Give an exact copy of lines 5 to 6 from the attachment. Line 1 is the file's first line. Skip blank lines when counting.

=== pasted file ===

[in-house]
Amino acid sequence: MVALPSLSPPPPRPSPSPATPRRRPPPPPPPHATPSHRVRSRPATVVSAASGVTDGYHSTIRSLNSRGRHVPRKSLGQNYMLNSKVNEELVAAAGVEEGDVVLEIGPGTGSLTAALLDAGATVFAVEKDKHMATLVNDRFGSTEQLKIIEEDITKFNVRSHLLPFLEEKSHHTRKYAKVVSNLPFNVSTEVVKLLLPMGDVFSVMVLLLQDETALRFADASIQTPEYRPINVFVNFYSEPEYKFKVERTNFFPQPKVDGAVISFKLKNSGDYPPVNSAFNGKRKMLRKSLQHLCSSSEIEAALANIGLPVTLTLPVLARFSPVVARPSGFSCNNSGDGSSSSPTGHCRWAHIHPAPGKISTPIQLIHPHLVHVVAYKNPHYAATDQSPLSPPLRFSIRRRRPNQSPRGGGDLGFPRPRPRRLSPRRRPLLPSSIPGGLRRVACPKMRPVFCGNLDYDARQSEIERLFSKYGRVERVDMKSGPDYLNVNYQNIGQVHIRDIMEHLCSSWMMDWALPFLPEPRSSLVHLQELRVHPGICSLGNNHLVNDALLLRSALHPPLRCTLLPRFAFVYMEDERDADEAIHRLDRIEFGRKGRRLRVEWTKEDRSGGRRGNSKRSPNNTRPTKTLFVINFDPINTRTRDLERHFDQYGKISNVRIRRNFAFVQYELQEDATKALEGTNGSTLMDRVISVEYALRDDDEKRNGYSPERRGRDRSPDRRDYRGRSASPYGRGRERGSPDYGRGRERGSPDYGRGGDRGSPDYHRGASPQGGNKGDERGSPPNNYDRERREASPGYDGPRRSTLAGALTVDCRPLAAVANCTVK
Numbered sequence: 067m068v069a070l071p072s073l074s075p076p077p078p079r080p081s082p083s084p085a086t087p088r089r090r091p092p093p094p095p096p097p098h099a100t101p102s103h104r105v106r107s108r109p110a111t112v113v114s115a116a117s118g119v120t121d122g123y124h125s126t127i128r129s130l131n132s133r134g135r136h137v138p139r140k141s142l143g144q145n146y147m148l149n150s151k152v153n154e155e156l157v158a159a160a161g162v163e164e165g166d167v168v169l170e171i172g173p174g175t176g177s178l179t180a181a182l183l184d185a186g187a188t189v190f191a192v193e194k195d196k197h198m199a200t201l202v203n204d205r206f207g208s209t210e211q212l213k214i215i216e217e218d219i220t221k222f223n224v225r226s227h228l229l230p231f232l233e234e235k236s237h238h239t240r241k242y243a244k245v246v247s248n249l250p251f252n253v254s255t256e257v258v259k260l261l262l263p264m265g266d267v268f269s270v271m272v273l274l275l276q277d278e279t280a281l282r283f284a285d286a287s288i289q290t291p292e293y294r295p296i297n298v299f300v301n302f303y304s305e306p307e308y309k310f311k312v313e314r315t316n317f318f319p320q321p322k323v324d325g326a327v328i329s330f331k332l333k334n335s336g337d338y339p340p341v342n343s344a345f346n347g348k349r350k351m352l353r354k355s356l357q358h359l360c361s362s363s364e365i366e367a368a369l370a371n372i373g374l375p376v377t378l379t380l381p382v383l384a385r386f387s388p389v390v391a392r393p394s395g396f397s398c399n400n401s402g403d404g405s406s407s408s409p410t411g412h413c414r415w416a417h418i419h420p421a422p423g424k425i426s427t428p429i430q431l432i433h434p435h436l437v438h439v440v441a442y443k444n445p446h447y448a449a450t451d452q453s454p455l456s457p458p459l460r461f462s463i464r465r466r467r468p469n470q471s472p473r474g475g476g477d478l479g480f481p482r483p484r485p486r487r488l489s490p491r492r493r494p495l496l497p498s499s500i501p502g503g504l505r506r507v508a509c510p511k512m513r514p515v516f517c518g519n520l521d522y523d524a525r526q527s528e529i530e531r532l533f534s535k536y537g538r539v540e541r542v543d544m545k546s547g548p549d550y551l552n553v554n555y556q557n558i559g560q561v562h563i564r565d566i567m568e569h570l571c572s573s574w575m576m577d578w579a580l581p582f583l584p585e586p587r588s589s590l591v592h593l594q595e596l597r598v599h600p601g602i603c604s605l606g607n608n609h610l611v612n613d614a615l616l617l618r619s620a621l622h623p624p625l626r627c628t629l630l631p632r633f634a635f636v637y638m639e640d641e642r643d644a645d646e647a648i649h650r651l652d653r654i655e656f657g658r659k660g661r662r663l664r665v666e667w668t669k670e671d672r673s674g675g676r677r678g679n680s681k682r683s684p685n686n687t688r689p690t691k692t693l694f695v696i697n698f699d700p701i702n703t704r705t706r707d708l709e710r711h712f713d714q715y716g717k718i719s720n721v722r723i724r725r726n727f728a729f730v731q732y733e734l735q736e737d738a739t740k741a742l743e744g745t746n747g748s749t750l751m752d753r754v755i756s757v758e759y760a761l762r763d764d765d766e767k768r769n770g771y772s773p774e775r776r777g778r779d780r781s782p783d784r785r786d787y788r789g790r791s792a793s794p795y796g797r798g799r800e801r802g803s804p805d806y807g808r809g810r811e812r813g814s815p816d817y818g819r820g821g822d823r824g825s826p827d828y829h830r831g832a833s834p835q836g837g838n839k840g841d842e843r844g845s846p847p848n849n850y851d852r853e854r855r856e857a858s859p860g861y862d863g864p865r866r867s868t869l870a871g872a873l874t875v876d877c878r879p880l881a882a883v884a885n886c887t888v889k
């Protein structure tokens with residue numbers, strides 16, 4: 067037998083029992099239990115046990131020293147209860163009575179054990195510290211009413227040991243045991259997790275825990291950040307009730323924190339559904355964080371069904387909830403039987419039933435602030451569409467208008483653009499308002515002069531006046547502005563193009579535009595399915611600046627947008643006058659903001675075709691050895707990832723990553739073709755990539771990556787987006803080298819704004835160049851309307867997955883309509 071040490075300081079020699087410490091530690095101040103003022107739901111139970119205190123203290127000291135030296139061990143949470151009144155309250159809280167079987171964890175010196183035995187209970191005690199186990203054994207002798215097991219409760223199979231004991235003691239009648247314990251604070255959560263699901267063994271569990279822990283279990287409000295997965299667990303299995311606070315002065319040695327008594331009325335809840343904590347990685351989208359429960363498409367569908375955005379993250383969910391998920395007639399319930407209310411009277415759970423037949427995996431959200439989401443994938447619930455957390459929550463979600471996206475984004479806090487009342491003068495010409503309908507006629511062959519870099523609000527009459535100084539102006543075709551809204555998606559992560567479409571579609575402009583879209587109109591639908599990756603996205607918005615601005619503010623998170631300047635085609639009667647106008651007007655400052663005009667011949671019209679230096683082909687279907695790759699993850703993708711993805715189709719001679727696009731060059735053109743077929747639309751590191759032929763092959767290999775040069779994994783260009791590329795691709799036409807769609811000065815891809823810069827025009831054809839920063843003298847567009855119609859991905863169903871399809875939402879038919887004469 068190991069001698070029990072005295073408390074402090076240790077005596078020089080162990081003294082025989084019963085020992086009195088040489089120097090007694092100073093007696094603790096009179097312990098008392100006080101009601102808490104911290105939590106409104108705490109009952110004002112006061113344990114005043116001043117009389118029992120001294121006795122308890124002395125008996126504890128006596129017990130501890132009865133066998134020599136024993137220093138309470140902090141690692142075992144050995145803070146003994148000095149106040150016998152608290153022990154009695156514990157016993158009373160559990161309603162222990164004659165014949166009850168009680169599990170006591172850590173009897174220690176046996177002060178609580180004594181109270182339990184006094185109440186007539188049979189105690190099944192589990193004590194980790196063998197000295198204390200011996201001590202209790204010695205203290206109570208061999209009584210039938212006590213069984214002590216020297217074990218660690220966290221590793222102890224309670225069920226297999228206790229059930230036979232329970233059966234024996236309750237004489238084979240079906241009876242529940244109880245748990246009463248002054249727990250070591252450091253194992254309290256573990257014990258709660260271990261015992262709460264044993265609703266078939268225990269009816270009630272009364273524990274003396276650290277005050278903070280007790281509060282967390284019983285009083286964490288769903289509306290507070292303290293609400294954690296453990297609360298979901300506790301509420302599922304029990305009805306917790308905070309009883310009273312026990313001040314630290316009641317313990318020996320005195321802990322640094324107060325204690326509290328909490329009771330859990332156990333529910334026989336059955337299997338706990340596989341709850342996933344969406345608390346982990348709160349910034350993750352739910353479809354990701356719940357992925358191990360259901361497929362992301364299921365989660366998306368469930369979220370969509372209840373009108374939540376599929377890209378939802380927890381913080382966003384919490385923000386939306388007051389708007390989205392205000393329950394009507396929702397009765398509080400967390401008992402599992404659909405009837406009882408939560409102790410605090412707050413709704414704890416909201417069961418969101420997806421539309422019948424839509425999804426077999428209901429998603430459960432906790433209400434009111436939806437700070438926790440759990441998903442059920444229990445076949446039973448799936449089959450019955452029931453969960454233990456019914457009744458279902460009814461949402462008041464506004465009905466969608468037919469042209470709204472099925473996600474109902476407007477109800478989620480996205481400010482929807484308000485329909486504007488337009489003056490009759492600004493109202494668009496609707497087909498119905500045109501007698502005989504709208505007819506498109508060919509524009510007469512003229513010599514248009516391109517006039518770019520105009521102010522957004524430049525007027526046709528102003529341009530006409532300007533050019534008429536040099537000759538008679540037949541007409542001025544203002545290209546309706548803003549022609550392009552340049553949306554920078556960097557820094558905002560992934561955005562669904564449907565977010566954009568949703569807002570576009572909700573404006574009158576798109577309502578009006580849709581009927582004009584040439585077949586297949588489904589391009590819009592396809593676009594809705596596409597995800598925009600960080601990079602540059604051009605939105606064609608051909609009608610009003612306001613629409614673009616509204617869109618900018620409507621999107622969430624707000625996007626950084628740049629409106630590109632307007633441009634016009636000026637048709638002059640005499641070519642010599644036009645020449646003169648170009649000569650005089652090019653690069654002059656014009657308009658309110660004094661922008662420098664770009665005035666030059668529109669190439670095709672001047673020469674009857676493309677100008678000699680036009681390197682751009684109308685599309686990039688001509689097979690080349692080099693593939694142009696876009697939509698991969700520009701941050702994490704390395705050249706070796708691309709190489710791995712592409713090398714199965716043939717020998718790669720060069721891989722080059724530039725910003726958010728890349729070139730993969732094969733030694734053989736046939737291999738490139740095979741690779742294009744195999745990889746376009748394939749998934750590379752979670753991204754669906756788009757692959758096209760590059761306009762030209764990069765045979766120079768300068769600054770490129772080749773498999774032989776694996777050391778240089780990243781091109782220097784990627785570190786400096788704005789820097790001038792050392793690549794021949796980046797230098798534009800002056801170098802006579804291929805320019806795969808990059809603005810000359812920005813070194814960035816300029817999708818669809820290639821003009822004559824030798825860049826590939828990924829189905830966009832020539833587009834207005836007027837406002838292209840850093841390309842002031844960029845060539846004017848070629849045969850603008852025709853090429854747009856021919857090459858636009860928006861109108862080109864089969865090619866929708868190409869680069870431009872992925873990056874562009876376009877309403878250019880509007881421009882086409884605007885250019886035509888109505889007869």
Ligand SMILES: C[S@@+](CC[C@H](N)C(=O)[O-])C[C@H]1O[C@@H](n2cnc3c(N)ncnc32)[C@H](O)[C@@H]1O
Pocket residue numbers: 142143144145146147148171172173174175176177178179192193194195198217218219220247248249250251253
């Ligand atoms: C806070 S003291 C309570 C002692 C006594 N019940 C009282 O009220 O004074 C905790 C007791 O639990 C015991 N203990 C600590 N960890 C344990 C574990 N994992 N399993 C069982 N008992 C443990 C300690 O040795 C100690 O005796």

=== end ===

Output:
Ligand SMILES: C[S@@+](CC[C@H](N)C(=O)[O-])C[C@H]1O[C@@H](n2cnc3c(N)ncnc32)[C@H](O)[C@@H]1O
Pocket residue numbers: 142143144145146147148171172173174175176177178179192193194195198217218219220247248249250251253